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Getting Over Yourself: Why You Need To Do It

RH blog thumbnail 2Ever feel like your emotional reactions are controlling your relationship? Like you’re constantly trying to avoid upsetting your partner, and when one of you does get upset, it’s really, really hard to get over it? Some couples call this state ‘normal’, but it doesn’t have to be! No one can avoid having emotional reactions (that’s a part of being human), but we don’t have to hold on to them either. Below, George and Linda discuss how getting over ourselves is one of the best things we can do for our relationships.

 

The following text is an excerpt from the new addendum of the Relationship Handbook’s 25th Anniversary Edition. You can preorder the full book HERE to receive a free digital download in our store and the chance to receive our online course: INSIGHT for Relationships.

 


 

“I don’t understand why it’s my responsibility to get over things rather than my partner’s job not to upset me.”

 

George’s Take

 

Early on in our relationship, Linda and I were both involved in the so-called “growth movement”. We were deep into the “How Does That Make You Feel” approach and the “Working Things Out” approach. As a strategy, both of us tried to avoid doing the things that caused unpleasant reactions in the other person.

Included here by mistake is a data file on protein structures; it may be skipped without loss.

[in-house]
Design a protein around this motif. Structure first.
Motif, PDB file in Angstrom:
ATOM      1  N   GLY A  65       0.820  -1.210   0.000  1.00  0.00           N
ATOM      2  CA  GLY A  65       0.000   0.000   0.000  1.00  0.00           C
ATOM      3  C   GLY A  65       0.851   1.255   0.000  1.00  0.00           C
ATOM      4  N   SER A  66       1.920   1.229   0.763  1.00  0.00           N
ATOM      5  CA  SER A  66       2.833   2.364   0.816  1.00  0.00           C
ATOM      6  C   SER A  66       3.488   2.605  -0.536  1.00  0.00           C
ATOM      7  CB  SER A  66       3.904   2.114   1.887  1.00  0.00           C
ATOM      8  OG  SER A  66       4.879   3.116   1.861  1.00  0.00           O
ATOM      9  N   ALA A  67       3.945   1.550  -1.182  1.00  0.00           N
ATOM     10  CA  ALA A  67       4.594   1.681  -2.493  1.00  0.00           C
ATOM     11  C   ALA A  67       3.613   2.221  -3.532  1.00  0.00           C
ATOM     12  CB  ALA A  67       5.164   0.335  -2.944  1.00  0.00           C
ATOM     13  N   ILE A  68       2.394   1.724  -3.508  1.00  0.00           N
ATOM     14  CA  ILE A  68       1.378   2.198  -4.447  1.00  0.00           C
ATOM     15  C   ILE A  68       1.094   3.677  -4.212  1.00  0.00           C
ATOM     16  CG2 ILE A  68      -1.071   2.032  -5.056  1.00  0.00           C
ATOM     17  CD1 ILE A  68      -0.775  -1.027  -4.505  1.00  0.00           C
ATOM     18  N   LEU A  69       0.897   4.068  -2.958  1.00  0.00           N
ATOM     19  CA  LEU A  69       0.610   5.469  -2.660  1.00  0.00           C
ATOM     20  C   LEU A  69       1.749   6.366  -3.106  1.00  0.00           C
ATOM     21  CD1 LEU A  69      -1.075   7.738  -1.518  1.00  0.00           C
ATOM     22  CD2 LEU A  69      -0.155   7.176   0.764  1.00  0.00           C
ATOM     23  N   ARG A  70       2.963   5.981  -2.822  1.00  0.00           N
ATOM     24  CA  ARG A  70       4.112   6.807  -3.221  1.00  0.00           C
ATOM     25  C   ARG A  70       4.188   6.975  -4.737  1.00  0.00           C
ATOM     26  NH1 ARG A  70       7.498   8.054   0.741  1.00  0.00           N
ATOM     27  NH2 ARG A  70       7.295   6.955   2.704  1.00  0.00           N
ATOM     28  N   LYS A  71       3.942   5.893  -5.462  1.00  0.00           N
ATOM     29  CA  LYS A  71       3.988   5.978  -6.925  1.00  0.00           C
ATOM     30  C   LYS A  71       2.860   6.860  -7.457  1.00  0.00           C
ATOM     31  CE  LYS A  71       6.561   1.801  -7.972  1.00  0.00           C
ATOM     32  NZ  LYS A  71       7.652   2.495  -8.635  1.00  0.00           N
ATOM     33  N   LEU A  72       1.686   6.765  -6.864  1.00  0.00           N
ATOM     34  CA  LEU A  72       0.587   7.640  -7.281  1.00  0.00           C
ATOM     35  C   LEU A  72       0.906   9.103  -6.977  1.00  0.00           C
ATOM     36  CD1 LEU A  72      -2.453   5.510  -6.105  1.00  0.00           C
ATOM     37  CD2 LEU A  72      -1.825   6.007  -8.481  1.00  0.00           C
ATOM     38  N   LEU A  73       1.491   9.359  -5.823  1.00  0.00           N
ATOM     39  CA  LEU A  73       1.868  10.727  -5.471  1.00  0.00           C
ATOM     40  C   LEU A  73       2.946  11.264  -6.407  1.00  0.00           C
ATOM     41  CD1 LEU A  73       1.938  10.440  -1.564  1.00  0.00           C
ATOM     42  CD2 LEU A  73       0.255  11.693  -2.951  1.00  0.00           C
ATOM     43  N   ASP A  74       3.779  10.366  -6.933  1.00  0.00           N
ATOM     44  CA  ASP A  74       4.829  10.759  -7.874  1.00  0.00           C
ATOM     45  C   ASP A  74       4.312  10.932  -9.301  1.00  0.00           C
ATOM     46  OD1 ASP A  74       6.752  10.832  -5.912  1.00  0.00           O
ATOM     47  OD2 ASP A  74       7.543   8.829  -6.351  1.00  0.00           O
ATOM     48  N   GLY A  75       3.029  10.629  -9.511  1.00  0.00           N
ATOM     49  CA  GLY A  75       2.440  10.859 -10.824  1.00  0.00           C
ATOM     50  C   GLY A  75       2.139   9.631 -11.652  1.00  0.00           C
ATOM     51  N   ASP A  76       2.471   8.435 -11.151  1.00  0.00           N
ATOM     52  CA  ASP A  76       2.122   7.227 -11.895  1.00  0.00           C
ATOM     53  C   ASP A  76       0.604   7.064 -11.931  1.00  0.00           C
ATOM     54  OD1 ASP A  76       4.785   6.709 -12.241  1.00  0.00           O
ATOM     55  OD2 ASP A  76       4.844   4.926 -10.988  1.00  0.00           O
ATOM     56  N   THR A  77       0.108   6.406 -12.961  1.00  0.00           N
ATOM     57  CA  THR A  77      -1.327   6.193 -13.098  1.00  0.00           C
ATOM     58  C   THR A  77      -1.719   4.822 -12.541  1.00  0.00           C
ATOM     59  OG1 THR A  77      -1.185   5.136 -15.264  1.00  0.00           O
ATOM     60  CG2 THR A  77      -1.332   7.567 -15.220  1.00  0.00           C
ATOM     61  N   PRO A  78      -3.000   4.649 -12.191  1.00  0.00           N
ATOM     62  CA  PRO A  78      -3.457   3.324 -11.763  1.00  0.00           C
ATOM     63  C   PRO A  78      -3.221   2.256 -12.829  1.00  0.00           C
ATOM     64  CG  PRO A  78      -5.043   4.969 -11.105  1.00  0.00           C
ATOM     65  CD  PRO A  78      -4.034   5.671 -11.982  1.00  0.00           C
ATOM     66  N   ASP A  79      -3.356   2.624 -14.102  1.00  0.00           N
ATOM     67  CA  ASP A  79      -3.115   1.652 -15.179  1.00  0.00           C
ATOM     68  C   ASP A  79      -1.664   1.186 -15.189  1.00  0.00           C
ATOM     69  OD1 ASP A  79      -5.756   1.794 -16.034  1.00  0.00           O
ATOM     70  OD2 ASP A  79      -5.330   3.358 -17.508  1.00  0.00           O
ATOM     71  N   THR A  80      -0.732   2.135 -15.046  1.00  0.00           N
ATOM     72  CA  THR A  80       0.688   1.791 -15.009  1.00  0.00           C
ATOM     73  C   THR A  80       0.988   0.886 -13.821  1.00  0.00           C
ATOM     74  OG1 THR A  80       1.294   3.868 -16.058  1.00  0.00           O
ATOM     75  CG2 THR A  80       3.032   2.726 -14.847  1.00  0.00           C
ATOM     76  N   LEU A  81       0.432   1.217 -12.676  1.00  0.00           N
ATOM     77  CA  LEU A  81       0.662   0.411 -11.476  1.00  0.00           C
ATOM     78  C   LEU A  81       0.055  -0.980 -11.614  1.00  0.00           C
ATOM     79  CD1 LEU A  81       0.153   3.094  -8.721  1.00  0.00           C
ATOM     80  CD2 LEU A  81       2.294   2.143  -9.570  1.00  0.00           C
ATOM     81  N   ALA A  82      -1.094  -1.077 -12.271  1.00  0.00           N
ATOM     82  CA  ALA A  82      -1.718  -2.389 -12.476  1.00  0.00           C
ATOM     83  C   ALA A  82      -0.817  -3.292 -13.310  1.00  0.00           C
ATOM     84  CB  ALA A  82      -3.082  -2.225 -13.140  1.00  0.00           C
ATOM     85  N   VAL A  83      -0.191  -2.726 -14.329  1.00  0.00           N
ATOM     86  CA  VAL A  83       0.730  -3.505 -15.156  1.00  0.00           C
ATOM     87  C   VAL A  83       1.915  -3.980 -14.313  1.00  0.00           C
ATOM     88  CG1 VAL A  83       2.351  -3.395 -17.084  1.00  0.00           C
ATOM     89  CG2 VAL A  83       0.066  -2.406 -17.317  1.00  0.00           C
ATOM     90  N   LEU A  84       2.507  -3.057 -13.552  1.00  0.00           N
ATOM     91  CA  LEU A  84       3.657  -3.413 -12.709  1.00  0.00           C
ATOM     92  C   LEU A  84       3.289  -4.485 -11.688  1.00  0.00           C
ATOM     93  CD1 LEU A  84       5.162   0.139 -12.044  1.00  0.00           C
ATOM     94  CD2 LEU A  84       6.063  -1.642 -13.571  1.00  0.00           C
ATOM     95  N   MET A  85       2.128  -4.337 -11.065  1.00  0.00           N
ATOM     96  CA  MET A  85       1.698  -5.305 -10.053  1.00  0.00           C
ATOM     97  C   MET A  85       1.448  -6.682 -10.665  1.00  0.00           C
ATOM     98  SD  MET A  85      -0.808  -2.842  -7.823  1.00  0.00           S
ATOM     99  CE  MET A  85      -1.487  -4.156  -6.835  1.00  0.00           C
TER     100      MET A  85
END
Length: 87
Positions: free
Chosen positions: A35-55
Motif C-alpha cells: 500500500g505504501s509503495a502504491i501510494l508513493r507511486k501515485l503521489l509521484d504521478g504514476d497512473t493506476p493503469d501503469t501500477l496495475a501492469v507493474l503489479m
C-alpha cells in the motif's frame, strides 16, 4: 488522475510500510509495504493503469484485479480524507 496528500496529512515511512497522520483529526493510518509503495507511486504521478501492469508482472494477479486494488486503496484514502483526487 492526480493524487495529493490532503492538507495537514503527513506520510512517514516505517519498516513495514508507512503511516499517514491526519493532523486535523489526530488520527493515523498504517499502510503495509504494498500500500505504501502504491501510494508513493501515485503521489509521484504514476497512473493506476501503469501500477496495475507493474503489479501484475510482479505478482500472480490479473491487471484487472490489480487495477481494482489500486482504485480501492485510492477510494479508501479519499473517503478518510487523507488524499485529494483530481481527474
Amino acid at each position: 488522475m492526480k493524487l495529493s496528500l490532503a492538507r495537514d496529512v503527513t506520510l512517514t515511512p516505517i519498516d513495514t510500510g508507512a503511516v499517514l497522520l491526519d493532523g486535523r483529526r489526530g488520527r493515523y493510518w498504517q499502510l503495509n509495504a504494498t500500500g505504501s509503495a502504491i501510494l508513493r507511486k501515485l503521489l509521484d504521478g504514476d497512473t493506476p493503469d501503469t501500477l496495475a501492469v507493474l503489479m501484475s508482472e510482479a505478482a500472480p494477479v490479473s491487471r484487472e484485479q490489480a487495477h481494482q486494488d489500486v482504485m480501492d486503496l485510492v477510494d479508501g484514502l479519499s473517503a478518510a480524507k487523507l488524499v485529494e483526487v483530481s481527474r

We became experts in what upset each other and used this knowledge to alter every aspect of our behavior. Believe me, it was a lot of effort to maintain, and it ultimately made things worse rather than better. Why? Because as we paid more attention to each other’s emotional reactions, these emotional reactions became more visible, plentiful and important. We became more sensitive to each other, finding nonexistent distress in each other’s tones and behaviors. We were like emotional hypochondriacs.

 

We couldn’t connect the dots at the time. The strategy we were using was popular in our social circle. Everyone agreed that it was the best way to make a relationship work. Making matters worse, we were judgmental of the couples who were not sensitive to each other’s feelings. To us they seemed like unenlightened brutes!

 

So what changed? We saw the possibility that we could get over our emotional reactions regardless of what it was our partners did to “trigger” them. We decided to stop worrying if one of us got upset, and we decided to stop trying to “fix it” when the other person had an emotional reaction.

 

The result was amazing! We realized that it was a lot less effort for us to get over our reactions than it was walking on eggshells around the person that we loved. It was a breath of fresh air that I could just be myself and not worry about what was upsetting Linda all the time. This doesn’t mean I would intentionally do things to upset her, but when she did get upset it was not my responsibility to fix it.